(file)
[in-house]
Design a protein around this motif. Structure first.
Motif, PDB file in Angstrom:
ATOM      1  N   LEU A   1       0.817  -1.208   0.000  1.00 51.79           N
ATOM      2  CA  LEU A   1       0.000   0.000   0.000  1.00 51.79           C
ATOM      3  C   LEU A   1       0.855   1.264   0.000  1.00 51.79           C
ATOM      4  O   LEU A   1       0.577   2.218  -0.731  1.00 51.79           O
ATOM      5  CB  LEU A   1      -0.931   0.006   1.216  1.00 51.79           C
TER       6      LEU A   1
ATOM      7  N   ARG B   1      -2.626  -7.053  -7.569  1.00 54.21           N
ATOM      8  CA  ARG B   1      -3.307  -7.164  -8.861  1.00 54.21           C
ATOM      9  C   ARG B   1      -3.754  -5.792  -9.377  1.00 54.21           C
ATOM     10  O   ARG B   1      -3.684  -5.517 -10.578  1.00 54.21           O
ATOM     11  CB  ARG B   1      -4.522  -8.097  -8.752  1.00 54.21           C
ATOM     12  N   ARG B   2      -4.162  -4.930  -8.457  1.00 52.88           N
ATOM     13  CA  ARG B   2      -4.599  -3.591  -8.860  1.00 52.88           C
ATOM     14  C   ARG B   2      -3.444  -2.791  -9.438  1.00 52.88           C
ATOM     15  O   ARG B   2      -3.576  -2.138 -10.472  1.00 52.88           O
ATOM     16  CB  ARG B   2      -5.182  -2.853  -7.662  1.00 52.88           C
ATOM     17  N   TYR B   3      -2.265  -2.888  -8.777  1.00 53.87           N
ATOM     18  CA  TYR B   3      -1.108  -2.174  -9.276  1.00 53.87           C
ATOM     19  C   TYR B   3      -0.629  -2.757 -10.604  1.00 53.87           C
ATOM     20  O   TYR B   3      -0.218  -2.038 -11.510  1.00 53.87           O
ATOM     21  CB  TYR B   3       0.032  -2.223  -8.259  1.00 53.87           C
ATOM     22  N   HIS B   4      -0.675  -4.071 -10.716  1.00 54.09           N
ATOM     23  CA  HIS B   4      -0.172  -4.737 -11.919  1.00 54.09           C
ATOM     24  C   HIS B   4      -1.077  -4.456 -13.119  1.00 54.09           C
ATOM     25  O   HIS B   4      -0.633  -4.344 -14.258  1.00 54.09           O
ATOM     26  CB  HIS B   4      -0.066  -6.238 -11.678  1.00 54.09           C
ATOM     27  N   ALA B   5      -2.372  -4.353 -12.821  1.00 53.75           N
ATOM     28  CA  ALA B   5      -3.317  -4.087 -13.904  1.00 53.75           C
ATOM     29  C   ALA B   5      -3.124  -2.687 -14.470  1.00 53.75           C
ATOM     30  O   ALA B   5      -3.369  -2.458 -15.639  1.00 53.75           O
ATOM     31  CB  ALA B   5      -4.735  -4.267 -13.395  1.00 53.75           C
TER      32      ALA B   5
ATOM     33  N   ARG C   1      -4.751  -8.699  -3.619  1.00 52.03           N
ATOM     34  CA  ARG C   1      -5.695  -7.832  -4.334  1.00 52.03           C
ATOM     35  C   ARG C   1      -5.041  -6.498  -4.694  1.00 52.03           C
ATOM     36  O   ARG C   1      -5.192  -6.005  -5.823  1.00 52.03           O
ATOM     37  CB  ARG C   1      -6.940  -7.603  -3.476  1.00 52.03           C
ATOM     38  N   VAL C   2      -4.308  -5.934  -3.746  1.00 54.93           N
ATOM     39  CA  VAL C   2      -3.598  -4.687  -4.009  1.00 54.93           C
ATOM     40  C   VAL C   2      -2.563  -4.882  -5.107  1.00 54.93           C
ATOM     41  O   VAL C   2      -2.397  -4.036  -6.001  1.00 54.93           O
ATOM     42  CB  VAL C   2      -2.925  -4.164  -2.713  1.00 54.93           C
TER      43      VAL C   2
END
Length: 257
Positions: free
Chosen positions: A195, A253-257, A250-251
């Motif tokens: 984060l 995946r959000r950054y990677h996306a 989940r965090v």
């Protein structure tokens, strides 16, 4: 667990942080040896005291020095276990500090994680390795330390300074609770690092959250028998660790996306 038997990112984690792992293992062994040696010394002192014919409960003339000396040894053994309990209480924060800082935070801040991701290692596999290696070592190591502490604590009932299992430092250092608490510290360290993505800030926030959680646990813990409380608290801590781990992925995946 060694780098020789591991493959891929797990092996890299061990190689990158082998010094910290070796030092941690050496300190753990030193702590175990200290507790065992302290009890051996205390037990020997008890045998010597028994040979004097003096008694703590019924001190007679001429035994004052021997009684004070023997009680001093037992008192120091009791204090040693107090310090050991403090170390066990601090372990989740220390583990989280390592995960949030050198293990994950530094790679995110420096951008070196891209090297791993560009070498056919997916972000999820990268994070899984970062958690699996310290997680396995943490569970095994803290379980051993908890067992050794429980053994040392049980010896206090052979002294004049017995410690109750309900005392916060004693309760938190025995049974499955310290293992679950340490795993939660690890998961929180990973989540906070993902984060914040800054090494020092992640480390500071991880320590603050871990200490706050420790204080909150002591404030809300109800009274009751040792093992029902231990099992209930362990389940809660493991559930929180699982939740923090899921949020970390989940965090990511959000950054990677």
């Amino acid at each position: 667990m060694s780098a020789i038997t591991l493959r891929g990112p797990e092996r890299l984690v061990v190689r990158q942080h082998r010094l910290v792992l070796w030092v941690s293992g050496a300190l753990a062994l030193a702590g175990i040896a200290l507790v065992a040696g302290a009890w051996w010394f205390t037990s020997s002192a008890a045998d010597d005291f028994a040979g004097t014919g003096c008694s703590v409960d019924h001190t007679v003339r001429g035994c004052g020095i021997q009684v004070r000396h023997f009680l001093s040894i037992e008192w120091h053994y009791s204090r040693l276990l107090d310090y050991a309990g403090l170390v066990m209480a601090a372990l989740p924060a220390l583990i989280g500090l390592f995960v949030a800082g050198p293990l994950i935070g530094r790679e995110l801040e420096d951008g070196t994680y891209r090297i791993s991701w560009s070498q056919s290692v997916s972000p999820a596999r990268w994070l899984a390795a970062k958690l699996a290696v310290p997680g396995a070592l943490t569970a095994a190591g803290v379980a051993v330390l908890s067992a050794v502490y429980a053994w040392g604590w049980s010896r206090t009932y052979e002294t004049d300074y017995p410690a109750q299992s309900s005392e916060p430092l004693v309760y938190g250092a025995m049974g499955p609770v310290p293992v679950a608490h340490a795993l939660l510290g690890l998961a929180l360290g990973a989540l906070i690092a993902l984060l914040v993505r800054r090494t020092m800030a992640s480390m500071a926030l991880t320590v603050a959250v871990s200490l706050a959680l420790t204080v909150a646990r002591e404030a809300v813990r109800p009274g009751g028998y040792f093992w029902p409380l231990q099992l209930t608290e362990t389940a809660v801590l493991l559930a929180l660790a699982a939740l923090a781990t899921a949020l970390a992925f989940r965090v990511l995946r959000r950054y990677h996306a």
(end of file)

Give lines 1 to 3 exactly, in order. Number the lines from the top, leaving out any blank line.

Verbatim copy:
[in-house]
Design a protein around this motif. Structure first.
Motif, PDB file in Angstrom: